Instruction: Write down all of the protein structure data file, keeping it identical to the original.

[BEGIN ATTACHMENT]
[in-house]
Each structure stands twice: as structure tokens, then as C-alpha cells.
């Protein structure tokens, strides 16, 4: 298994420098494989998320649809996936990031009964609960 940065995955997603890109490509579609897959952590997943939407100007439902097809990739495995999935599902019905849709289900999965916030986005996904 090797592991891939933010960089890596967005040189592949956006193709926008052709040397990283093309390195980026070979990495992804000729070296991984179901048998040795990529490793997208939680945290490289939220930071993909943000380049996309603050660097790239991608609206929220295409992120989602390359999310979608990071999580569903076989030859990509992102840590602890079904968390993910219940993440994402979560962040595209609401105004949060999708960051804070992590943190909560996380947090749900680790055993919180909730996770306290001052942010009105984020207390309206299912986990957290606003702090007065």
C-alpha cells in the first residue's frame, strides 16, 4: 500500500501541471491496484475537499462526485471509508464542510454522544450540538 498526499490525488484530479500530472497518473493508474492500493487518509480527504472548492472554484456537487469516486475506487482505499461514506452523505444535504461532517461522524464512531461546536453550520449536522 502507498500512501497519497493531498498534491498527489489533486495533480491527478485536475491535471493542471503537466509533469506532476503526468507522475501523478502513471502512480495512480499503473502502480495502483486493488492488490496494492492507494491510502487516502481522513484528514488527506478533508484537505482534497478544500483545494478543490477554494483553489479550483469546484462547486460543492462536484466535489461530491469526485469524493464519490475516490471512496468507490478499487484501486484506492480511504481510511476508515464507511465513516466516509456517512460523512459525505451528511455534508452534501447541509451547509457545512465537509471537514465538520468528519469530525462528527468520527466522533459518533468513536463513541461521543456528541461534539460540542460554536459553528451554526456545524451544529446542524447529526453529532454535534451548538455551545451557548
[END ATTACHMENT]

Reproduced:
[in-house]
Each structure stands twice: as structure tokens, then as C-alpha cells.
């Protein structure tokens, strides 16, 4: 298994420098494989998320649809996936990031009964609960 940065995955997603890109490509579609897959952590997943939407100007439902097809990739495995999935599902019905849709289900999965916030986005996904 090797592991891939933010960089890596967005040189592949956006193709926008052709040397990283093309390195980026070979990495992804000729070296991984179901048998040795990529490793997208939680945290490289939220930071993909943000380049996309603050660097790239991608609206929220295409992120989602390359999310979608990071999580569903076989030859990509992102840590602890079904968390993910219940993440994402979560962040595209609401105004949060999708960051804070992590943190909560996380947090749900680790055993919180909730996770306290001052942010009105984020207390309206299912986990957290606003702090007065």
C-alpha cells in the first residue's frame, strides 16, 4: 500500500501541471491496484475537499462526485471509508464542510454522544450540538 498526499490525488484530479500530472497518473493508474492500493487518509480527504472548492472554484456537487469516486475506487482505499461514506452523505444535504461532517461522524464512531461546536453550520449536522 502507498500512501497519497493531498498534491498527489489533486495533480491527478485536475491535471493542471503537466509533469506532476503526468507522475501523478502513471502512480495512480499503473502502480495502483486493488492488490496494492492507494491510502487516502481522513484528514488527506478533508484537505482534497478544500483545494478543490477554494483553489479550483469546484462547486460543492462536484466535489461530491469526485469524493464519490475516490471512496468507490478499487484501486484506492480511504481510511476508515464507511465513516466516509456517512460523512459525505451528511455534508452534501447541509451547509457545512465537509471537514465538520468528519469530525462528527468520527466522533459518533468513536463513541461521543456528541461534539460540542460554536459553528451554526456545524451544529446542524447529526453529532454535534451548538455551545451557548